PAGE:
From local program to national leader
PUPP was founded by Miguel Centeno, the Musgrave Professor of Sociology and professor of international affairs. PUPP fulfills Centeno’s dream to advocate for students from families like his: low-income, first-generation and oftentimes immigrants to the United States.
“[Centeno] believed that great institutions like Princeton had an obligation to educate students with a diversity of interests and backgrounds, including low-income students without the means to compete with wealthier students who had access to better schooling and college preparation,” the ETS report said.
Centeno and John Webb, former director of Princeton’s Program in Teacher Preparation, conceived PUPP as a holistic and high-touch program. For many years PUPP was part of the teacher preparation program. It now resides within the Office of the Dean of the College, along with University programs geared to low-income and first-generation students at Princeton.
While some PUPP scholars do attend Princeton, the program’s mission is bigger than the University. In fact, the ETS report said PUPP leaders could help administrators at Princeton and other universities understand the unique needs and challenges of low-income and first-generation students.
“I’m proud to help Princeton lead the national conversation about college access and preparation for underserved communities,” Klugman said.
The ETS report called PUPP “a college access program laboratory” and said “the time is right for PUPP to expand its role as a thought leader in the college access field.” The report recommended more resources to allow PUPP to broaden in this way.
PUPP has served as a role model for other universities, such as the College Prep Program at Washington University in St. Louis.
“Dr. Klugman was extremely helpful and incredibly gracious and generous in sharing best practices, feedback and perspectives on ‘lessons learned,’" said Leah Merrifield, Washington University’s associate vice chancellor for community engagement and St. Louis college readiness initiatives.
Merrifield continued: “PUPP was one of the early programs sponsored by a selective college or university and demonstrates the value of this type of investment in local communities. The completion of a college degree has the potential to change a student’s life. Though our numbers are small in comparison to the need, collectively we are positively impacting hundreds of lives each and every year.”
Greg Moyer, director of admission recruitment at Dickinson College, said “PUPP has a model that demonstrates real success and thinks of the many variables that go into success on a college campus.”
Moyer said PUPP helps Dickinson connect with “sharp and talented” students from underrepresented backgrounds.
“The students really benefit from the incredible knowledge of PUPP staff. PUPP really opens doors for them,” Moyer said. “A family could quickly write off a school like Dickinson if they just looked at our sticker price, but someone at PUPP says to the family, ‘this school is possible because of financial aid and we can help you through this process.’"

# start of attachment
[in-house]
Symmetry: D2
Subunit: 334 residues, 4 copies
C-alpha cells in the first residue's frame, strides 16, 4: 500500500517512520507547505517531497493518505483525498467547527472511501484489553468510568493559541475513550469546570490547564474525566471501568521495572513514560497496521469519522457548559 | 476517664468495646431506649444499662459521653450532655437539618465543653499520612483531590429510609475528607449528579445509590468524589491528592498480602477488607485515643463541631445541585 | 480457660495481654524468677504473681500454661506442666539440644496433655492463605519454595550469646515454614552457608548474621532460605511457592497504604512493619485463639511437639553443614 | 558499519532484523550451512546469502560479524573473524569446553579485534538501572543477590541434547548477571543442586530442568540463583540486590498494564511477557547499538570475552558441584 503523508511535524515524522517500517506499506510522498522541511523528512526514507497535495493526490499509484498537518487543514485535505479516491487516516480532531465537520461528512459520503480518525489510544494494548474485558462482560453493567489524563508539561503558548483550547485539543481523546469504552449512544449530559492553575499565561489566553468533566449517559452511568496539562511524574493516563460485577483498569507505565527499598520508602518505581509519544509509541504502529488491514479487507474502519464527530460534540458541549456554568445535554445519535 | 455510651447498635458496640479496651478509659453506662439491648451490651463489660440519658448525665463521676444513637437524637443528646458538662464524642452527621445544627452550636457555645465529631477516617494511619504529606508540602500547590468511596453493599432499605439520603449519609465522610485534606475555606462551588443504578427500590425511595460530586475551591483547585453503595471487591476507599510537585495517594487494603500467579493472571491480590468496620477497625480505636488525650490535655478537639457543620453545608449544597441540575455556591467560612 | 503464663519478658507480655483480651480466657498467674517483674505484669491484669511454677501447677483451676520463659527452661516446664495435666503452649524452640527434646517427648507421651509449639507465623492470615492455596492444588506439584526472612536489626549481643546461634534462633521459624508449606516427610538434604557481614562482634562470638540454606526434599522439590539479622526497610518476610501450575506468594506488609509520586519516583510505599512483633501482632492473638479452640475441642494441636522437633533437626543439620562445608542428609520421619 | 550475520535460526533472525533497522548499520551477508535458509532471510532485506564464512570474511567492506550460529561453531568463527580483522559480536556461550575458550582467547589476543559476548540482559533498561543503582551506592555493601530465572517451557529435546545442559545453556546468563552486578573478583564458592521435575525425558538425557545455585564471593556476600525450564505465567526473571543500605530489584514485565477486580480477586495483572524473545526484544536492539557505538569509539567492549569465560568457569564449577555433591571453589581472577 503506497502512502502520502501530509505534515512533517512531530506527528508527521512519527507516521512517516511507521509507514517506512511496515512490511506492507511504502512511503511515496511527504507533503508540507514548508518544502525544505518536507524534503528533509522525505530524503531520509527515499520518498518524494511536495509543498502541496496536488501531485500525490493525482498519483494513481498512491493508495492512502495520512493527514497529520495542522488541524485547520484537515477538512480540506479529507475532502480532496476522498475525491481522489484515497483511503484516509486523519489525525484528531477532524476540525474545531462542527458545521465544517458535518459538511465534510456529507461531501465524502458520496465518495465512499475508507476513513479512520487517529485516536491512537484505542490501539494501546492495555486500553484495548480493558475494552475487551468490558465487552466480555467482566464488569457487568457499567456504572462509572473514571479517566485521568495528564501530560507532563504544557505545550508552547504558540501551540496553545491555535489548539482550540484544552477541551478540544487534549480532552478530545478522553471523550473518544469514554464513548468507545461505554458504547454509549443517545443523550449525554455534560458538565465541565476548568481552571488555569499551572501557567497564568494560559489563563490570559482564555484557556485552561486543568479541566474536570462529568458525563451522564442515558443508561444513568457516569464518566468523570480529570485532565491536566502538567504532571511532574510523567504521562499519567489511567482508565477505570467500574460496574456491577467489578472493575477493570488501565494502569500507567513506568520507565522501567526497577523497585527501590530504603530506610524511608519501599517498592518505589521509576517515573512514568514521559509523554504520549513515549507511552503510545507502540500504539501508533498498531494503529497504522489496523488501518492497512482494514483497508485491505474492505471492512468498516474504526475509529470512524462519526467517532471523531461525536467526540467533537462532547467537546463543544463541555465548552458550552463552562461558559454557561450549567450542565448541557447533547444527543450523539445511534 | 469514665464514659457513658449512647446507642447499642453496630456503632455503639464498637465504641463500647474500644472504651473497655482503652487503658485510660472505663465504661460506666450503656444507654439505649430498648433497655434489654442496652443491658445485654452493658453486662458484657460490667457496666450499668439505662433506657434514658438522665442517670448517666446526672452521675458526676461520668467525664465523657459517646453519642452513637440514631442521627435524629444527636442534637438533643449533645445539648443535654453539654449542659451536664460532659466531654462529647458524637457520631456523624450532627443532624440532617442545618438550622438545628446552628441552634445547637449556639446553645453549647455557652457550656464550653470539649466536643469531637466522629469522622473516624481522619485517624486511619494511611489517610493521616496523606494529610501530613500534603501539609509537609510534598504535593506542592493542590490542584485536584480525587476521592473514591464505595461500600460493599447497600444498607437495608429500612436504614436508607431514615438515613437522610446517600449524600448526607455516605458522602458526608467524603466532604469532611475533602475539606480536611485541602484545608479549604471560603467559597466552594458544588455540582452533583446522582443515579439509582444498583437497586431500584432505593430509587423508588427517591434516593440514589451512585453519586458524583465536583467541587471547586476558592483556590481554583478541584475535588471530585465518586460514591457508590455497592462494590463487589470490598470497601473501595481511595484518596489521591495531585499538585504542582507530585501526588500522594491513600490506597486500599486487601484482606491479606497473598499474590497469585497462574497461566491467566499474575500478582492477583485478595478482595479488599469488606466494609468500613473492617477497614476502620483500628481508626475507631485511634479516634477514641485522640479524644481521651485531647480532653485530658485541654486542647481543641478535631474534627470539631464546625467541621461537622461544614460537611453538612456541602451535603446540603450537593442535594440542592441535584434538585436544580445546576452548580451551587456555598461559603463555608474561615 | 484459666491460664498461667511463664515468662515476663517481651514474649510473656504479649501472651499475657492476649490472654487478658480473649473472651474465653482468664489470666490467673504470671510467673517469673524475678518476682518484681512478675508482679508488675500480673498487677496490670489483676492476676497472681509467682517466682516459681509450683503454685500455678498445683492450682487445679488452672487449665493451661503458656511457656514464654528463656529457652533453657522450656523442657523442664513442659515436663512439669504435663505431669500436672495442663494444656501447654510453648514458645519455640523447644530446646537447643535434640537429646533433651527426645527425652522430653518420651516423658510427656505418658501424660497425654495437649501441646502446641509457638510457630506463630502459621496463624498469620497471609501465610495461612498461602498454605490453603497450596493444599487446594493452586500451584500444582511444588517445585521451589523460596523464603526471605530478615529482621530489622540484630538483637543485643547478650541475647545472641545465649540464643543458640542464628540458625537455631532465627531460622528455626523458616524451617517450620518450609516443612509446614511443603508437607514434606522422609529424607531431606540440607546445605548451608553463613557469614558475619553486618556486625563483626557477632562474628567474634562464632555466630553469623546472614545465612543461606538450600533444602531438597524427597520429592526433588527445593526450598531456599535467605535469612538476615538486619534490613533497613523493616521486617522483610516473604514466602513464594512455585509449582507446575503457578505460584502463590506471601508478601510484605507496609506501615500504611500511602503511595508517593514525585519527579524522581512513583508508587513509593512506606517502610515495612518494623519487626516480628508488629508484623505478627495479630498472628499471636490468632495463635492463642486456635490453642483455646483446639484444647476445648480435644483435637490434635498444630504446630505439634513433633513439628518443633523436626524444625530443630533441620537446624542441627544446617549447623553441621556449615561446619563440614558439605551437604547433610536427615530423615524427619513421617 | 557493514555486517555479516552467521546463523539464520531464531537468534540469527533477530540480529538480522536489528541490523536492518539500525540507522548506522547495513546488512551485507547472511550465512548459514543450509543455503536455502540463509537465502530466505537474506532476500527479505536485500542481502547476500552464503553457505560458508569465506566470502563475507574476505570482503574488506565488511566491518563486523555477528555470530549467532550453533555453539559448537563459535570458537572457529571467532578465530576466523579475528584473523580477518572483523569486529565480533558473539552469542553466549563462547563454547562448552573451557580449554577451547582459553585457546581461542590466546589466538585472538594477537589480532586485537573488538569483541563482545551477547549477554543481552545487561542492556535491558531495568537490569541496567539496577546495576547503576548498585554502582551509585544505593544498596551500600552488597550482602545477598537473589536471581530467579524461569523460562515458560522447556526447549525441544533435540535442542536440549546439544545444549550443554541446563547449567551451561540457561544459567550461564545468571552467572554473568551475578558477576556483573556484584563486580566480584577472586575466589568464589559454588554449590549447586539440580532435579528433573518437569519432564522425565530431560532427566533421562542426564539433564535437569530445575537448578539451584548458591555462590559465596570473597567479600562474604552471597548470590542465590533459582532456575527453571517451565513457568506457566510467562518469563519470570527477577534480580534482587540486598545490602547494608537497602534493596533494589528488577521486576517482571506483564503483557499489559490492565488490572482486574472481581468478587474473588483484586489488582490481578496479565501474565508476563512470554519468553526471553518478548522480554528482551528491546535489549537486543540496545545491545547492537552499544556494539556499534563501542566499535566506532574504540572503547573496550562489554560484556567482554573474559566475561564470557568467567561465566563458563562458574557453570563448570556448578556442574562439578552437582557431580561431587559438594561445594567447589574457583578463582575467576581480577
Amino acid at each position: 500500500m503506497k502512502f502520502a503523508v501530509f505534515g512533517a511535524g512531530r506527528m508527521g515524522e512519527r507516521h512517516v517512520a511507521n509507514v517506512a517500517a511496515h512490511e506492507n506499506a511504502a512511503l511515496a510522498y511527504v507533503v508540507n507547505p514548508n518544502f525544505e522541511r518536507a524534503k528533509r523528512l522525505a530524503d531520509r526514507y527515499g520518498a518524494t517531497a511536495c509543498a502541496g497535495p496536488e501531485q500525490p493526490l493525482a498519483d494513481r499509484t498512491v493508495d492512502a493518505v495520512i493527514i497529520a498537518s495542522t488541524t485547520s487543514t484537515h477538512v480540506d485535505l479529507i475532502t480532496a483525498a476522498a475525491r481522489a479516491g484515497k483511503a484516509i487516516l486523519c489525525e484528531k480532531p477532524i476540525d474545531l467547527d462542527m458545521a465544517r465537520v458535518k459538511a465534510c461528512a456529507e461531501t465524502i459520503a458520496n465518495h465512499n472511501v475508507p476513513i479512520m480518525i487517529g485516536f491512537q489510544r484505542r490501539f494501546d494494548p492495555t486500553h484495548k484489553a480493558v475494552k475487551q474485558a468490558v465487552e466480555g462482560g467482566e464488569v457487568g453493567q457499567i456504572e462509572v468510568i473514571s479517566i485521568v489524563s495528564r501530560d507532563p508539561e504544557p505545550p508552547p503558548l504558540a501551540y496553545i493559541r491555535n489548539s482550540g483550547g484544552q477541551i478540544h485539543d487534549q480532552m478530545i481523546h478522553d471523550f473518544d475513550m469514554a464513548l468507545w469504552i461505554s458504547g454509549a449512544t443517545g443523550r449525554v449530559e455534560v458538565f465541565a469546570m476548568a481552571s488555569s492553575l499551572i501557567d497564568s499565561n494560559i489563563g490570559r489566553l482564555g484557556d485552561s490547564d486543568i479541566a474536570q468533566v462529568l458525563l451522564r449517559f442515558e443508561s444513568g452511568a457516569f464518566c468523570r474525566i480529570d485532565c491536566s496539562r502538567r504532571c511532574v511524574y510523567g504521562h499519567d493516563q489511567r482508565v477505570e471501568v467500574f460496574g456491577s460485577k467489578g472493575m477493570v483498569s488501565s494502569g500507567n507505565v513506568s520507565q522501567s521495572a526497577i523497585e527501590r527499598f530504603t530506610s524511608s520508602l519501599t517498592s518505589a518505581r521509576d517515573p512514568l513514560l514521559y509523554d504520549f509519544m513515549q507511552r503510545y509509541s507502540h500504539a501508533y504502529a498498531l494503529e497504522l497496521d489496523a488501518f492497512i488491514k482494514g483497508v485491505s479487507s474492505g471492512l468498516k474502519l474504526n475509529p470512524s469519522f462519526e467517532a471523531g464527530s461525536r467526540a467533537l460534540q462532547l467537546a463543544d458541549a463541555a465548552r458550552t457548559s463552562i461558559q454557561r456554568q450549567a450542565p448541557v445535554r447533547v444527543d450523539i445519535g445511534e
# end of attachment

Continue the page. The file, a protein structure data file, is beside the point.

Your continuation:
The benefits of programs like PUPP can extend beyond the students and schools who participate, Moyer added.
“At Dickinson, we think about how students will go out and create a better world,” he said. “So you are not just improving the students’ lives. Maybe these students will return to their communities after graduating college and lift up other people there.”
Moyer encouraged more universities to consider PUPP’s lead.
“Not every school is positioned to do this, but there are some universities who could afford to use their funds like Princeton has done in supporting PUPP,” Moyer said. “It would be a wonderful thing if there were more national models like PUPP for college success.”
Roth, the counselor at Ewing High School, agreed. “I’ve seen my students in PUPP gain confidence, aim higher, learn about opportunities they never knew existed. I just wish the program was bigger or there were other programs out there so more students could benefit.”
The whole student
First-generation and low-income students often have “the dual pressures of college and home life responsibilities,” the ETS report noted. “These pressures can prevent some first-generation students from persisting in college whereas PUPP alumni have been well prepared to deal with such challenges.”
PUPP prepares their scholars for college life by cultivating the “whole student.”
“PUPP is designed to holistically focus on developing the whole person — nurturing academic and social-emotional skills and cultural competence — through personal relationships, individualized instruction and cultural experiences,” the ETS study said. “On top of this, PUPP also seeks to help meet the basic needs of scholars’ families to enable scholars to focus on their own learning and development.”
PUPP helps students improve their writing and math skills, raise their test scores and complete their college applications. PUPP also teaches them mindfulness through yoga, takes them on college tours and trips to Broadway, and connects them with a support network and caring community.
“More and more, I’m thinking about wellness; mental and physical wellness of our students and the safety of their community,” Klugman said. “They can’t engage in something like test prep if there are more pressing concerns at home like food insecurity. You can’t have a program that is just math and science and test prep, particularly for this group of students.”
Kadija Yilla, a Ewing native now at Pomona College, recalled how PUPP Assistant Director QuinnShauna Felder-Snipes took time to help her mother. Yilla’s mother immigrated to the United States from Sierra Leone and wasn’t familiar with the college search process. Her mom also was uncomfortable with the idea of Yilla attending a college in California, 3,000 miles from home.
“Mrs. Felder-Snipes sat my mother down and walked her through my financial aid package and assured her I was going to be fine,” Yilla recalled in the ETS report. “She even explained definitions and terms that my mother didn’t know. She ultimately assuaged her concerns.”
The community focus of PUPP is most evident during its annual graduation ceremony, where beaming families, friends and high school teachers fill every seat in Friend Center Auditorium.
Emma Gaitan of Lawrence Township has experienced the pride of attending two PUPP graduations. Her older son, Joshua, now attends Colgate University and her younger son, Fernando, will start at Wesleyan University in the fall.
“I love the PUPP program,” Emma Gaitan said. “PUPP means to me a good future for my kids. They open the door for a good future. PUPP can be hard, but it’s worth it.”